Elizabeth Irwin of the Northwest Ohio Writers Forum had this to say about Leslie's November presentation: "I recommend Leslie for future presentations. Based on her presentation to the NWOWF, I have to say Leslie really knows her stuff - not just writing, but publishing and the business of publishing. She has an engaging, confident presentation style. I believe that for a lot of authors-to-be, Leslie offers sound advice that helps take the fear factor out of self-publishing."
Pete Cipriani-Amazon book review: "There existed a large potential to be disappointed by this book - a small island in an undistinguished lake, an area with a relatively bland history, an unknown author. This book far, far exceeded my hopes and expectations. Through authentic personal testimonials, the author presents a lifelike passage through the heart of the settling of an area. The essence of the time is amazingly well captured. The author, by design, injects no judgment, position or opinion. She allows the people of the time to tell the story - and what a story it is. I highly recommend this book to anyone who lives in Ohio, has visited the Lake Erie islands or has any interest in 19th century America."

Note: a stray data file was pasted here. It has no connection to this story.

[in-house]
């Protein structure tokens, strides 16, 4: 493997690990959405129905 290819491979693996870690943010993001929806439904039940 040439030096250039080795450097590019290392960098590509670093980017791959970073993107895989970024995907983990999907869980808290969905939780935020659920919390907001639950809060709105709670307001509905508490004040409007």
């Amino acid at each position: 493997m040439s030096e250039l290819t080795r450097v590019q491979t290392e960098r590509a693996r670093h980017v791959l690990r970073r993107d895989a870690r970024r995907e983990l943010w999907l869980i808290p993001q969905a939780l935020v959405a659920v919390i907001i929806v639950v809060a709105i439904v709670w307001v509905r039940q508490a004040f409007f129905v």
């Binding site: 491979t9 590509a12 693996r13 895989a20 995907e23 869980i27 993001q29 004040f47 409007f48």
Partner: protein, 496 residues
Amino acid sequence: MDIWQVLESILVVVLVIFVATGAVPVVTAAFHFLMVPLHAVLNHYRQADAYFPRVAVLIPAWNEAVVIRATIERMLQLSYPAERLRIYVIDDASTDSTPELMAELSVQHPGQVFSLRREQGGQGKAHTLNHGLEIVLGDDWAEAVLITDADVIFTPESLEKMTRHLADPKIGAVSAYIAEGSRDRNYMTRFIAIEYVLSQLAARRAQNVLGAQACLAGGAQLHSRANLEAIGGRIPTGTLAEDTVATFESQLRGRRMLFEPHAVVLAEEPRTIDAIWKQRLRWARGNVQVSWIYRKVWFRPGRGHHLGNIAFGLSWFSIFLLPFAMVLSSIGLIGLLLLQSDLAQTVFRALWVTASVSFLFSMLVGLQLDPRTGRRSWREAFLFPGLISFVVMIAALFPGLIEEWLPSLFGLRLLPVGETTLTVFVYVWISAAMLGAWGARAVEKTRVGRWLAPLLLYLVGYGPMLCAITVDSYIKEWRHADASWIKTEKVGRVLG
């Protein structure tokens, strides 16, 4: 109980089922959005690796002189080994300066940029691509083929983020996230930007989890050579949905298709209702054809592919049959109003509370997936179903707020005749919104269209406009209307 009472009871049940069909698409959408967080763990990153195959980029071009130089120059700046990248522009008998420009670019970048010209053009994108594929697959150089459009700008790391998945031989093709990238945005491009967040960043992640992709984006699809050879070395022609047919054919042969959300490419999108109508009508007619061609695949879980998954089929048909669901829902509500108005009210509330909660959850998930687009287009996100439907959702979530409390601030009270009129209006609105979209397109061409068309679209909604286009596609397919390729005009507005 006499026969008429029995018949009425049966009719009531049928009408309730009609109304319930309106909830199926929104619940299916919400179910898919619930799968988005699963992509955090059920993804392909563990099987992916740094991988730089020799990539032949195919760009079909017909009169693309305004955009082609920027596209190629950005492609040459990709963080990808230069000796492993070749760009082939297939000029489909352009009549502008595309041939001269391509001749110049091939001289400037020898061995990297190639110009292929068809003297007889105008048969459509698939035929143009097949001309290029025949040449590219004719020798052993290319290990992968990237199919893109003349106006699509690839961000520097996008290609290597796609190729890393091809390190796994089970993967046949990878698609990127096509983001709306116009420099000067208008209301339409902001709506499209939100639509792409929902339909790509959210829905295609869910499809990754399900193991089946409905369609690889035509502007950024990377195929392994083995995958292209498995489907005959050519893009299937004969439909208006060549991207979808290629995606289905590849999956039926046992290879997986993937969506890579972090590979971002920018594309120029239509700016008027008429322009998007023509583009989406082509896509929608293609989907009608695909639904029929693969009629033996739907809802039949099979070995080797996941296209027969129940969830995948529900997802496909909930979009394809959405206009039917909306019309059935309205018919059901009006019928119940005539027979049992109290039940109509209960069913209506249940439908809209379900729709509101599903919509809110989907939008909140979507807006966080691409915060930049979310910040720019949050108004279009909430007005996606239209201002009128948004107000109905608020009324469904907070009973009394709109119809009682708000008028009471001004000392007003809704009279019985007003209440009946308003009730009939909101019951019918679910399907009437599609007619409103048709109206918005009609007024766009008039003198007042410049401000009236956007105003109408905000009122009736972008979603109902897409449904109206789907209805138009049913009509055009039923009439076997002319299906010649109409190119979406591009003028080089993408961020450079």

The Midwest Book Review October 9, 2009 – “A work that combines academic quality research with a narrative gift for storytelling, Kelleys Island: The courageous, poignant & often quirky lives of island pioneers 1810-1861 by Leslie Korenko is a true tour-de-force history of Kelleys Island, Lake Erie, Ohio. Drawing upon pioneer letters, diary entries, and official documents covering the period of 1810-1861, the story of the island begins with its purchase by the Kelley Brothers. It became home to not only pioneers seeking to establish their families, but a haven for rogues, scoundrels, squatters, and a known pirate. Many island citizens fought on the Union side in the civil war by enlisting with the 101st Ohio and the 3rd Ohio Cavalry. A fascinating read that is as informed and informative as it is engaging and entertaining. Kelleys Island is a highly recommended and impressive regional history that could well serve as a template for similar local histories for other parts of the country."